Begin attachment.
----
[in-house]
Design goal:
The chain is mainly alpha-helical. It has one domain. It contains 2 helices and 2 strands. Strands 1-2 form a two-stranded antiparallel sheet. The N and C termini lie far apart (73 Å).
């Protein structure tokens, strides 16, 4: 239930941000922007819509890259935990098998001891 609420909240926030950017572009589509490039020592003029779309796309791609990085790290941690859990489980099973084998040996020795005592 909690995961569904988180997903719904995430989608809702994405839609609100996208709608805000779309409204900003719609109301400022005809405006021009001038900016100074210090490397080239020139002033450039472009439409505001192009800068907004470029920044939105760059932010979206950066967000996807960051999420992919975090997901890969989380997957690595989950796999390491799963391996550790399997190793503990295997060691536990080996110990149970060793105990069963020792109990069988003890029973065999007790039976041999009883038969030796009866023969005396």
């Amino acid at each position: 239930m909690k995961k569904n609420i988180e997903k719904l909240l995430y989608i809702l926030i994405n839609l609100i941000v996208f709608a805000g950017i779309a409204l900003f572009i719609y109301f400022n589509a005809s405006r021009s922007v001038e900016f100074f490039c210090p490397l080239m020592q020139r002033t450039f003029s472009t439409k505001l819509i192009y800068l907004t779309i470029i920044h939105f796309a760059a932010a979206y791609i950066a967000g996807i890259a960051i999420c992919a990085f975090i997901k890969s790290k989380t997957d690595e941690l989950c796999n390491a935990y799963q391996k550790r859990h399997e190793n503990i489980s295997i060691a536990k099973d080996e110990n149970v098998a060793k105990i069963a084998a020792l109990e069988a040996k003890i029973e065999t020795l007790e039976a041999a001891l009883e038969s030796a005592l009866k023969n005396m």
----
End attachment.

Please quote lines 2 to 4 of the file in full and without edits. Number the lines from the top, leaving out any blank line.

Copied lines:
Design goal:
The chain is mainly alpha-helical. It has one domain. It contains 2 helices and 2 strands. Strands 1-2 form a two-stranded antiparallel sheet. The N and C termini lie far apart (73 Å).
């Protein structure tokens, strides 16, 4: 239930941000922007819509890259935990098998001891 609420909240926030950017572009589509490039020592003029779309796309791609990085790290941690859990489980099973084998040996020795005592 909690995961569904988180997903719904995430989608809702994405839609609100996208709608805000779309409204900003719609109301400022005809405006021009001038900016100074210090490397080239020139002033450039472009439409505001192009800068907004470029920044939105760059932010979206950066967000996807960051999420992919975090997901890969989380997957690595989950796999390491799963391996550790399997190793503990295997060691536990080996110990149970060793105990069963020792109990069988003890029973065999007790039976041999009883038969030796009866023969005396």